An article about computer scientist J. Paul Gibson and his efforts to teach coding to kids.
“A new infographic from FoneBank looks at the modern mobile gadgets and compares them with supercomputers from decades ago. You’ll also learn something about major milestones, cost and capabilities, causes and consequences, and what the future holds.”
From their site:
Make your game do what it needs to do in a visual and human readable way with the powerful event system.
There’s no need to memorise cryptic languages. Focus on what really matters: designing your game!
It’s ideal for beginners, and powerful enough to let experts prototype faster than ever before.
Robot Turtles is a board game you play with your favorite 3-8 year old. It sneakily teaches programming fundamentals
From the site:
“These resources are meant for teachers and parents who want to have their children fall in love with computers and see the magic of programming.
I’m staying away from philosophical debates of whether kids should learn to program, when they should start and other such topics. I know this — I fell in love with computers in 3rd grade (a beautiful ZX Spectrum), and I want to share the joy of programming with others.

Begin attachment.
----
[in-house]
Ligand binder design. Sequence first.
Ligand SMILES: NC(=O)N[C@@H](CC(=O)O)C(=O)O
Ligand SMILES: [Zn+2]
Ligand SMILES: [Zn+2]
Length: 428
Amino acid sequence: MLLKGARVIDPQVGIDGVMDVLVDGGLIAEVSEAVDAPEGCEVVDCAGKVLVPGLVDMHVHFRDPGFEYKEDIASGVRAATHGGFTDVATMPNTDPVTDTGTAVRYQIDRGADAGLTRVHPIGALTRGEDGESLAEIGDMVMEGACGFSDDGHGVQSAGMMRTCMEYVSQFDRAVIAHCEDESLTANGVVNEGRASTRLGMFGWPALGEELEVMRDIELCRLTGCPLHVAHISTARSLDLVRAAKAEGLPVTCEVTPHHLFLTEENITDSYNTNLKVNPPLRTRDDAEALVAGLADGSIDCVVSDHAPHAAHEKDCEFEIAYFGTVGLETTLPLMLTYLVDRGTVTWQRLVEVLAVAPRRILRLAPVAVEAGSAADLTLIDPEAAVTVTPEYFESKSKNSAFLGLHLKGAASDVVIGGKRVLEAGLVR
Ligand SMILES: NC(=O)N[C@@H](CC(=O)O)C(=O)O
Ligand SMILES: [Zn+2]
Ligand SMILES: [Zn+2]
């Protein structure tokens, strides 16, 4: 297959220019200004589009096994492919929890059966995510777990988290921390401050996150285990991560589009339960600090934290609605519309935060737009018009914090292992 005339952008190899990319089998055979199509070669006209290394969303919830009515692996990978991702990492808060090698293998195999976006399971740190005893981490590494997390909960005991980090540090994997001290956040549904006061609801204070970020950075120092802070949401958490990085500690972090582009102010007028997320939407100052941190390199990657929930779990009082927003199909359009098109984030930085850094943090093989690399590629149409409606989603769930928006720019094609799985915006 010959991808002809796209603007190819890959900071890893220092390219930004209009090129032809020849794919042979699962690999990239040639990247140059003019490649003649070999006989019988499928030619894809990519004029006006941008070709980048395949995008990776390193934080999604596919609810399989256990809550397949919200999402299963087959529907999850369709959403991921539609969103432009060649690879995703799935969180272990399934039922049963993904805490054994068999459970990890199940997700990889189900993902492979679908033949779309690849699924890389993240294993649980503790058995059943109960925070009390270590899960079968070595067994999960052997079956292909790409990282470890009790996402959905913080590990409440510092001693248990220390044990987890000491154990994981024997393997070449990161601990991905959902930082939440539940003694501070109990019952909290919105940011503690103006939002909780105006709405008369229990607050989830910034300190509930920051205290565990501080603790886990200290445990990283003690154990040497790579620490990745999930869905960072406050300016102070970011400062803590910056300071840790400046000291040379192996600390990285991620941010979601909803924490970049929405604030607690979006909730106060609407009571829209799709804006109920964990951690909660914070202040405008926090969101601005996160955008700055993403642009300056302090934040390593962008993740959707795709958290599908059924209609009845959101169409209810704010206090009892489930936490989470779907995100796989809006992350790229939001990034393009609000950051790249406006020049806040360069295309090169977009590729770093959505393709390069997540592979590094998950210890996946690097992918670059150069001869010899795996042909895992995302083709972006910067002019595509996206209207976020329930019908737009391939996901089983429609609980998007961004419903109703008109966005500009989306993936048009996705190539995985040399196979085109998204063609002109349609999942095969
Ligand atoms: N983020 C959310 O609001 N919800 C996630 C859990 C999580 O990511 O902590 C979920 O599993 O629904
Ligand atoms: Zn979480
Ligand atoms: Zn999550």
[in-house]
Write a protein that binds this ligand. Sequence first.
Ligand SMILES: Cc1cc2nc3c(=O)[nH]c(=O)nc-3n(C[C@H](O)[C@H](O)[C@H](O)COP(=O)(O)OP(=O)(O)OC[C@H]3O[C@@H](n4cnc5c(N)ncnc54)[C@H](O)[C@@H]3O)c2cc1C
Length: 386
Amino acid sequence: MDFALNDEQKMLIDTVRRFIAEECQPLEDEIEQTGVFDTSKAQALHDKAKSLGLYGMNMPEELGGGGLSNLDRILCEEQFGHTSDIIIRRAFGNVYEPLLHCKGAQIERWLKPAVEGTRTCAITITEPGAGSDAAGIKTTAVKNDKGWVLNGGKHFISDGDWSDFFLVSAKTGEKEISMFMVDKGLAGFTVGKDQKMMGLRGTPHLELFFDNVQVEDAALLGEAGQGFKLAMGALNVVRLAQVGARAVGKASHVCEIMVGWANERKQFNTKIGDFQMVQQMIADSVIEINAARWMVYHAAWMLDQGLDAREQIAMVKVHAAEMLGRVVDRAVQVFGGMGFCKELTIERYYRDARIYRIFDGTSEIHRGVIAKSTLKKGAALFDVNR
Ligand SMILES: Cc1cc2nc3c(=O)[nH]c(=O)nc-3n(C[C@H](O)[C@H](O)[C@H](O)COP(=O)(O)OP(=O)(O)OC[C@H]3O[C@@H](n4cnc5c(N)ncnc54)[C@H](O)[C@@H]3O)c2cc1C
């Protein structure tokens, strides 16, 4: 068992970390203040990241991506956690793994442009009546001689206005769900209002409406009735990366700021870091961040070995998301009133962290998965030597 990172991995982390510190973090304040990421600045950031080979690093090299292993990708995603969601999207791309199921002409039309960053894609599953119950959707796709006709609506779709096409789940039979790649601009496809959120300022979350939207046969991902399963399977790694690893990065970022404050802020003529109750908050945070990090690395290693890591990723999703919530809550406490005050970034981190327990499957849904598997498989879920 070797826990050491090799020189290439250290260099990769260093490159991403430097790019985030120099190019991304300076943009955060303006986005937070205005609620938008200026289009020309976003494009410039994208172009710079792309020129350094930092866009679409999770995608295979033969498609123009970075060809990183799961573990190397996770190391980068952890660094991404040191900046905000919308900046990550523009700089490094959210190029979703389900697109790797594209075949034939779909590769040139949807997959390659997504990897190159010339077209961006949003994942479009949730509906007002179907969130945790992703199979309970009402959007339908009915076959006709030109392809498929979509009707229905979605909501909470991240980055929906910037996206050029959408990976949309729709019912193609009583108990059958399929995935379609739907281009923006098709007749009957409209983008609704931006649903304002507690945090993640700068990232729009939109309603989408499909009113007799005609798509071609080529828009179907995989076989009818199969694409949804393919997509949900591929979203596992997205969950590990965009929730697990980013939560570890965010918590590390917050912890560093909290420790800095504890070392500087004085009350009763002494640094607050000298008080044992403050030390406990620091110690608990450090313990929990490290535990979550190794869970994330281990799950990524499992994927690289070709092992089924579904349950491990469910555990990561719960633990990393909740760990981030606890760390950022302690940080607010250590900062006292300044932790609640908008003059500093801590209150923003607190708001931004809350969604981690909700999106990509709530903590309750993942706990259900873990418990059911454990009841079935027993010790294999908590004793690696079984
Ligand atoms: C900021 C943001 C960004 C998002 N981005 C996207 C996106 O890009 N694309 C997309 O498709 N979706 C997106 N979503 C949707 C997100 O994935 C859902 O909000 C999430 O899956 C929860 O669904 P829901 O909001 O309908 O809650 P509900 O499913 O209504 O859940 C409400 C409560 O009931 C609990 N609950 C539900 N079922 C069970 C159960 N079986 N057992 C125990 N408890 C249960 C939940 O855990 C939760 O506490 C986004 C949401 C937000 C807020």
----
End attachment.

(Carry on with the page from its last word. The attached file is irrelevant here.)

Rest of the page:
I’ve chosen in this list to be quite comprehensive in listing all resources — but also choosy to restricting this to things I found useful & of high quality.”
The Beaver Computing Challenge (BCC) introduces computer science to students. It is designed to get students with little or no previous experience excited about computing
Free circuit design Web app.
Here are some of the most compelling features:
- Virtual breadboard based design, allowing to build and experiment with circuits just as you would in real life.
- You can add an Arduino to your design, and edit the code right in your browser.
- Real-time and interactive simulation of both your Arduino code and the circuit attached to it.
- Full collaborative editing (think of Google Docs for electronics).
- Powerful yet easy component editor, making it super easy to add new components to the shared library.
It has many different features that enable play, exploration, creation, and learning in the areas of:
Math and Science
Systematic and Computational Thinking
Art, Music, and Creative Thinking
Computer and Internet Literacy
This demo makes use of Blockly a web-based, graphical programming editor. Users can drag blocks together to build an application. No typing required.
An IPython extension that visualizes each executed Python statement in Online Python Tutor running on a local web server. Useful for teaching beginners on the interactive shell.